NickB wrote:

Well this is all run from a chip in your brain so as long as the chip is being constantly update like your real brain a shotgun blast to the head would not really kill you. It is just a case of getting the chip and putting it into the brain of a new body. I guess it really depends on how you define life and death.

I agree that some of this is "let's pretend" but for the most part it isn't. This technology is being pioneered as we speak, it will probably be in use in the near future. Probably not to extend life at first but to extend memory and implant knowledge definitely. It is like adding an extra hard drive to your PC.

I think someone put Tribbles in your Corn Flakes. Tell me what technology we have that can record human thoughts and memories like a DVR can record a TV show.

Let me add, that I have no doubt that we can get to the point of making limbs and eyes that are artificial that have computer chips. But that is NOT the same and there is a HUGE gap, between that and actually putting a chip in someone's brain that will scan their brain and record and store every thought and memory in their entire life from birth. That is just downright absurd sci fi garbage.

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NickB
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I think somebody should

I think somebody should learn to read.....

This technology is being pioneered
as we speak.

dictionary.com:
pi·o·neer
n.  

  1. One who ventures into unknown or unclaimed territory to settle.
  2. One who opens up new areas of thought, research, or development: a pioneer in aviation.



However we do actually have technology that can read human thoughts and turn them into actions. Like for example we have the technology to interface the brain with a computer and have your brain control the movement of your mouse across the screen. We also have the technology to put wires in peoples brains that can change their personality, improve memory, and terminate unhealthy impulses. Last I heard though the improving memory thing was accidental.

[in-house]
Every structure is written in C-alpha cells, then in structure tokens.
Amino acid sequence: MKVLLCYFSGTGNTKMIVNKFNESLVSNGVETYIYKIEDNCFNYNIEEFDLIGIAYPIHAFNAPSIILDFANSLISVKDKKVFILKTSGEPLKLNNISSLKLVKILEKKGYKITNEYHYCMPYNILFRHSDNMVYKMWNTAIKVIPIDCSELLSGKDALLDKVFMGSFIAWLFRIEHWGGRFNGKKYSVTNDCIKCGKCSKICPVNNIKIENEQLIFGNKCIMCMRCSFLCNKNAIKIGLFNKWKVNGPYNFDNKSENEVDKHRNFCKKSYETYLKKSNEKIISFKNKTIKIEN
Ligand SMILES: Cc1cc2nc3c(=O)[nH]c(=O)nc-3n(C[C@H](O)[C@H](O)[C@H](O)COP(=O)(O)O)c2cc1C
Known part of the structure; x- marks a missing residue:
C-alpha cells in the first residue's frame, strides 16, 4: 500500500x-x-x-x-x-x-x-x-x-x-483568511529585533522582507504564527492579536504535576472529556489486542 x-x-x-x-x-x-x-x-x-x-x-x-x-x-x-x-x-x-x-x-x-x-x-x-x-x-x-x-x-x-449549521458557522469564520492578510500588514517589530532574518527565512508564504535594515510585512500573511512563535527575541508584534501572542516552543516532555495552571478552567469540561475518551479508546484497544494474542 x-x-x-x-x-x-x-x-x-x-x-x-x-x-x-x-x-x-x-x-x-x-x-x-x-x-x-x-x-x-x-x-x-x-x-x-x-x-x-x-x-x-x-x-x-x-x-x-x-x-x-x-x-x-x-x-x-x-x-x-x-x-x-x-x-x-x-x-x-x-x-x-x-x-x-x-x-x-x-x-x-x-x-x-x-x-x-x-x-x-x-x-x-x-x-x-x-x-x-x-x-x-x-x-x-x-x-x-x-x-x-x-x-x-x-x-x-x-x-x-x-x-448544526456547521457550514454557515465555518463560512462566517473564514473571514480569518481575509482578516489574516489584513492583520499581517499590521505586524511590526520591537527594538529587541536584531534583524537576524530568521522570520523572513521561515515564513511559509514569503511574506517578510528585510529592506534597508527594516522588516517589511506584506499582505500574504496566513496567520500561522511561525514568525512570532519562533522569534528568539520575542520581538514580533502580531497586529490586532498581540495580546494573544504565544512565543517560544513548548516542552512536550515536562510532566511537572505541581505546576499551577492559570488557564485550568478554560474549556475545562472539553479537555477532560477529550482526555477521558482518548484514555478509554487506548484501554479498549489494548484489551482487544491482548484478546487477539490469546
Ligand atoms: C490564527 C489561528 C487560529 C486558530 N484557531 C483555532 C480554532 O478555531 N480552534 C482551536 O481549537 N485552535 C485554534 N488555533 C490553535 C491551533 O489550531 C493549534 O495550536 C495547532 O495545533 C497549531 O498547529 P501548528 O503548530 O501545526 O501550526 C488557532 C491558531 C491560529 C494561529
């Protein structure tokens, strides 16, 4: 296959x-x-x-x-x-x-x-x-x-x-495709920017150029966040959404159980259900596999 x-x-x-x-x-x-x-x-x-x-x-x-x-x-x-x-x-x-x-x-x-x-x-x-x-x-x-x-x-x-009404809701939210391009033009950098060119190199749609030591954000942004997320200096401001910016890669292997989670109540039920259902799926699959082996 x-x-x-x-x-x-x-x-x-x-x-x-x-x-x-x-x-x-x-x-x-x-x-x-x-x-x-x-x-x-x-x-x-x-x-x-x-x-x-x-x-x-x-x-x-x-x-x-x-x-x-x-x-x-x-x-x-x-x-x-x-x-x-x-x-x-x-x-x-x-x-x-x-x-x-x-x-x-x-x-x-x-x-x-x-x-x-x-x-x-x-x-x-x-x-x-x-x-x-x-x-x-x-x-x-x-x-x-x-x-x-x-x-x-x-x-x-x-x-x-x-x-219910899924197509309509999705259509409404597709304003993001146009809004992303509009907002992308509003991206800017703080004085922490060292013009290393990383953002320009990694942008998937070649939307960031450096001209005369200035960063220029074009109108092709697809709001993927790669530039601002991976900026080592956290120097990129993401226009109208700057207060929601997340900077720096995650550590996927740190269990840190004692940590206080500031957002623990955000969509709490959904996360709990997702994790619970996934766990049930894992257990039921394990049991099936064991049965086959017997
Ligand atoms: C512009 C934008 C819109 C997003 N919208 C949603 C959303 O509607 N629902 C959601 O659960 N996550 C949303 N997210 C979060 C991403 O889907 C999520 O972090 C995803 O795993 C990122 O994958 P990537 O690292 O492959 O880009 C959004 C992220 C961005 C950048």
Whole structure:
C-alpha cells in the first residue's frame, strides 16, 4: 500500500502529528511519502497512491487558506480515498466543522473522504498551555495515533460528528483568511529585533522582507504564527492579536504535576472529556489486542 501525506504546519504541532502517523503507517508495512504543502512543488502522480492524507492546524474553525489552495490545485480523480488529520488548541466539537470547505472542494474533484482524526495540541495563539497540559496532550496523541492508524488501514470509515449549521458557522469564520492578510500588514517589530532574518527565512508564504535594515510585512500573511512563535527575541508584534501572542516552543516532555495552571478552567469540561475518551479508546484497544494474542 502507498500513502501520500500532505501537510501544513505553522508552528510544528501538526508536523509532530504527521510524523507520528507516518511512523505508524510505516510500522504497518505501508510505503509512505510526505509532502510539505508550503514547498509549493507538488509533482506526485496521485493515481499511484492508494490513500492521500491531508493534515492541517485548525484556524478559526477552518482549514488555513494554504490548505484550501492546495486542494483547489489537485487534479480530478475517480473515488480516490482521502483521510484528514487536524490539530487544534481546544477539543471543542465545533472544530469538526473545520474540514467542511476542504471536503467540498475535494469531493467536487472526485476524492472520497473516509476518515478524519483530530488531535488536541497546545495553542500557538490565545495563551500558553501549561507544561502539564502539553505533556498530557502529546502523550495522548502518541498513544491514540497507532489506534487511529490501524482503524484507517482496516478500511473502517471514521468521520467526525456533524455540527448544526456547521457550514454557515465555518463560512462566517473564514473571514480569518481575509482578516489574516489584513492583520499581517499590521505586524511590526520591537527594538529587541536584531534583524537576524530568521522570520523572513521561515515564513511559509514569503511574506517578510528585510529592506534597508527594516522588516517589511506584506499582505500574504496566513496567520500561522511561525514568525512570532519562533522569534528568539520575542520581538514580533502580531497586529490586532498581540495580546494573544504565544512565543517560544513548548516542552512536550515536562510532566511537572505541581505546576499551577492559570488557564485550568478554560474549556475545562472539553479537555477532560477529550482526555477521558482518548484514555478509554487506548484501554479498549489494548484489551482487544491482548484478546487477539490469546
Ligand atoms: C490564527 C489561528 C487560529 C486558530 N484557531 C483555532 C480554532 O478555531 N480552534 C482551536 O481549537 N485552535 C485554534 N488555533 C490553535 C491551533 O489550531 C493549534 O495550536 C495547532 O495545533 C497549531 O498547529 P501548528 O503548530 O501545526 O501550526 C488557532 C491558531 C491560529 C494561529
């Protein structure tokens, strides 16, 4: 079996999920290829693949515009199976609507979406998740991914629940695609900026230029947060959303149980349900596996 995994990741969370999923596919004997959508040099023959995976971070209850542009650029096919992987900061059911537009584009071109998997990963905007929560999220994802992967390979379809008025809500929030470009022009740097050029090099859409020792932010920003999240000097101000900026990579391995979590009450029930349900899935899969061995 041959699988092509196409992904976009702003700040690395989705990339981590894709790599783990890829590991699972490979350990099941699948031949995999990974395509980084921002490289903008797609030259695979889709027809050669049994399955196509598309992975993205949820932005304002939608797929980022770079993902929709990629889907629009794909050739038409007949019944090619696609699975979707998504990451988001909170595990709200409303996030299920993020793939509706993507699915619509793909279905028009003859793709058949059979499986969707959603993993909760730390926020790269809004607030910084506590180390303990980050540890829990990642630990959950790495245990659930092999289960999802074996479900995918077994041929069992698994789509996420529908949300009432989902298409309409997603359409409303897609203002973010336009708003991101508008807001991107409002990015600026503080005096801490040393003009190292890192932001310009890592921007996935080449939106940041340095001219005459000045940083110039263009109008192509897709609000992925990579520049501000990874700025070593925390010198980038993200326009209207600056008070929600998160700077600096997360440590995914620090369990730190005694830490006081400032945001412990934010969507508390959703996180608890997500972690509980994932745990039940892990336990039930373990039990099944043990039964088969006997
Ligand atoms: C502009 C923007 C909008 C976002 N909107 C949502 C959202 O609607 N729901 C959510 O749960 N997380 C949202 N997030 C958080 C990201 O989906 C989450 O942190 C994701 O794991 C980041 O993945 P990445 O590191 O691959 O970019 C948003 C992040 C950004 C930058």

Regardless of all that the fact is I said the technology is being pioneered, I did not say it is in use, complete, or close to complete.

 

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Can't live forever

 

 

Even if a person could live litterely forever, i don't think I'd want to. It could get pretty boring after a few billion or trillion years. Most of the posters to this article look young-from their pictures.

 

But as a person gets older you lose the zest for life and don't fear death so much. But manybe that's just because my body is getting older.

Mike Clarke


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michaelclarke wrote:  Even

michaelclarke wrote:

 

 

Even if a person could live litterely forever, i don't think I'd want to. It could get pretty boring after a few billion or trillion years. Most of the posters to this article look young-from their pictures.

 

But as a person gets older you lose the zest for life and don't fear death so much. But manybe that's just because my body is getting older.

 

Yeh thats what I think, jumping back into a 20 year old body it might get a lot more fun....

If Jesus was born today he would be institutionalized as a schizophrenic with delusions of grandeur.


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Everyone who thinks that

Everyone who thinks that living forever is fun should read Simone de Beauvoir's All Men are Mortal.

The story does not suit exactly for your rules, Nick, because Fosca is not getting older and is invincible, though with an unlimited source of clones there is not much difference.


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Marci wrote:Everyone who

Marci wrote:

Everyone who thinks that living forever is fun should read Simone de Beauvoir's All Men are Mortal.

The story does not suit exactly for your rules, Nick, because Fosca is not getting older and is invincible, though with an unlimited source of clones there is not much difference.

 

No, there's one very important difference.....you can die, if you choose to.


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NickB wrote:The question is

NickB wrote:

The question is if you had the chance would you do it? Would you want to be immortal?


NickB
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   Well one man&rsquo;s

 

 

Well one man’s hell is another man’s heaven right...?

It's like religion, most of us here are atheists and most of us are of the mindset that religious people are deluded. Religious people think we are deluded. It would be the same with immortality; you would have the group that think immortal wannabes are deluded and the immortal wannabes thinking the guys that want to die are deluded.